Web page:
Maybe we'll all become subsistence farmers?

    Posted 3 years ago #
  9. We begin to line up to go to the newly 3D-printed Moon hotels...and then Mars and the stars. With 150 million folks with little to do work-wise, we begin to look outward, to expand, to not have all our eggs in one basket as Heinlein warned.

    Posted 3 years ago #
  10. Anonymous

    And the moral of the story is sell McDonals short!

    Posted 3 years ago #
  11. sell McDonald's short!...and get in on the ground floor of some enterprising startup 3d Printer company as soon as they begin offering Initial Preferred Stock...

    And before the G*ddamn gummint gets its greedy tax mitts on them and begins regulating, regulating, regulating and...regulating and taxing them to frickin' death.

    Posted 3 years ago #
  12. Anonymous

    I'll just use one of my off shore accounts.

    Posted 3 years ago #
  13. geoffhart1962
    Member

    Dave notes: "before the G*ddamn gummint gets its greedy tax mitts on them and begins regulating, regulating, regulating and...regulating and taxing them to frickin' death"

    I assume that you've protested against death by taxation by loudly protesting the death of the Fortune 500 companies and continuous and scary mortality rates for all companies listed on the NYSE and NASDAQ, by boycotting use of the Interstate Highway system, and buying your food, pharmaceuticals, and other consumer products only from Chinese companies (where there is neither regulation nor taxation in the Western sense)?

    Good. Didn't want to think this was yet another tale told by an idiot, full of sound and fury, signifying nothing.

    Posted 3 years ago #
  14. Some taxes and regulations are necessary. Over-taxation and over-regulation takes too _much_ money from individual pockets and over-stuffs the gummint's coffers...and we all know how thrifty gummints of all stripes are.

    Smaller gummint and fewer (unnecessary and wasteful taxes and regulations), say I.

    This is a tale told by many past wisemen signifying everything.

    Posted 3 years ago #
  15. Greg
    Member

    @ Dave Truesdale:

    Very true, but some serious future problems will likely result from the long-standing practice of cutting taxes, and then replicating dollars to make ends meet.

    It doesn't encourage me to know that the whole shaky house of cards is now resting on a foundation of $555 trillion in derivatives. They're nothing more than fairy gold. I've been thinking about putting all of my money in tulip bulbs to achieve some measure of increased safety.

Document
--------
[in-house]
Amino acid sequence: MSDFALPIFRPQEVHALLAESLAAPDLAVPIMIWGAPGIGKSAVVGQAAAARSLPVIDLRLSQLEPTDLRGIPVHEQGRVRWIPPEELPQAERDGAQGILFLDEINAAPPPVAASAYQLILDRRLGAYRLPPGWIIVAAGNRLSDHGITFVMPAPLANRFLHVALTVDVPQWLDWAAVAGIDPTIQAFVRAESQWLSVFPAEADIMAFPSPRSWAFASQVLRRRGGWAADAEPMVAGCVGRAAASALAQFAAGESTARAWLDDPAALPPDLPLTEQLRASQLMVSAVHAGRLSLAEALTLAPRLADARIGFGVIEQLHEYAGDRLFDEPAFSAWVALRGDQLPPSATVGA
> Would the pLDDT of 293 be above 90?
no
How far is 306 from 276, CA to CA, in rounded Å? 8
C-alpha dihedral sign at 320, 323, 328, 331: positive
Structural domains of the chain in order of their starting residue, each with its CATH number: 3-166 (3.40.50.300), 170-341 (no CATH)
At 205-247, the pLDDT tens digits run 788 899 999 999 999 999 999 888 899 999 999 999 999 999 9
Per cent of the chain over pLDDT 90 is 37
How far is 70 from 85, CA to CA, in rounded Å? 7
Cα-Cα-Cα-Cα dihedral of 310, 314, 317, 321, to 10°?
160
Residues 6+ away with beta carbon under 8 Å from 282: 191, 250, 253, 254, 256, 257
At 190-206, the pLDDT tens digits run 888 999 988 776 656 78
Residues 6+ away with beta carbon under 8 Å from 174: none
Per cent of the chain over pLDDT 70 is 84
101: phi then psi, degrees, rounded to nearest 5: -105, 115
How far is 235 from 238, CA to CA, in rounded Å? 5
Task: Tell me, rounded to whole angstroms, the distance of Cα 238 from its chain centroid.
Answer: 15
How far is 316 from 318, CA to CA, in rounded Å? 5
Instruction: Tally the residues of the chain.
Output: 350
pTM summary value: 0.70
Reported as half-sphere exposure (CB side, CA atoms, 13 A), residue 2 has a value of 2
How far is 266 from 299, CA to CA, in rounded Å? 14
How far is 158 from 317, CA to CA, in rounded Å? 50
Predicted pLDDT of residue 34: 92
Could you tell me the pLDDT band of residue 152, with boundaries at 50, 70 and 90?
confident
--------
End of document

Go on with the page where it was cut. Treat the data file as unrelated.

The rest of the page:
Posted 3 years ago #
  16. Greg
    Member

    @ Chris DeVito:

    Damn. One more thing to worry about. I was only concerned about geometric progression and rapidly mounting piles of replicators.

    Posted 3 years ago #
  17. geoffhart1962
    Member

    Greg notes: "I was only concerned about geometric progression and rapidly mounting piles of replicators."

    Worry not. The replicators will create tulip bulbs, thereby enriching Greg and providing a solid value-based underpinning for those trillions of dollars of floral derivatives. *G*

    Actually, lilies would be better valuta. For many species, you can eat the bulbs, so come the crash, you at least wouldn't starve. I'm not sure tulips can safely provide sustenance for anything other than squirrels. Though I suppose you could always eat the squirrels...

    Posted 3 years ago #
  18. Marian
    Member

    Creating 3D "ants" with the goal of an intelligent ability to work as a team http://www.newscientist.com/article/dn27248-3dprinted-bionic-ants-team-up-to-get-the-job-done.html#.VRdYpMtAS1s

    Anyone else thinking about the Simak story where it's the ants who inherit the earth after their intelligence is raised?

    Posted 3 years ago #
  19. What If:

    We had 3D printed ants. We had nano-sized AIs. What if the 3D printed/made ants had the nano-sized AIs implanted as their brains. What if the 3D nano-AId ants could communicate via their own AI internet as one communal mind. I'd call this the antnet. :-)

    3D AI-brained ants able to communicate with all other nano AI-enhanced ants via their own antnet.

    We'd be pretty much mega nano-toast.

    Maybe this is something Hannu Rajaniemi would consider tackling, or Rudy Rucker, or Greg Egan, or...

    Posted 3 years ago #
  20. Marian
    Member

  21. Marian
    Member

    The incredible shrinking technology - 3D printer you can carry in your pocket https://www.newscientist.com/article/mg23230941-700-print-stuff-on-the-go-with-just-your-phone-and-a-pen/

    Posted 2 years ago #
  22. Marian
    Member

    Aannd a 3D printer goes to the space station. It can recycle plastics and such. https://www.cnn.com/2018/11/17/us/nasa-3d-printer-northrop-grumman-international-space-station/index.html

    Posted 4 weeks ago #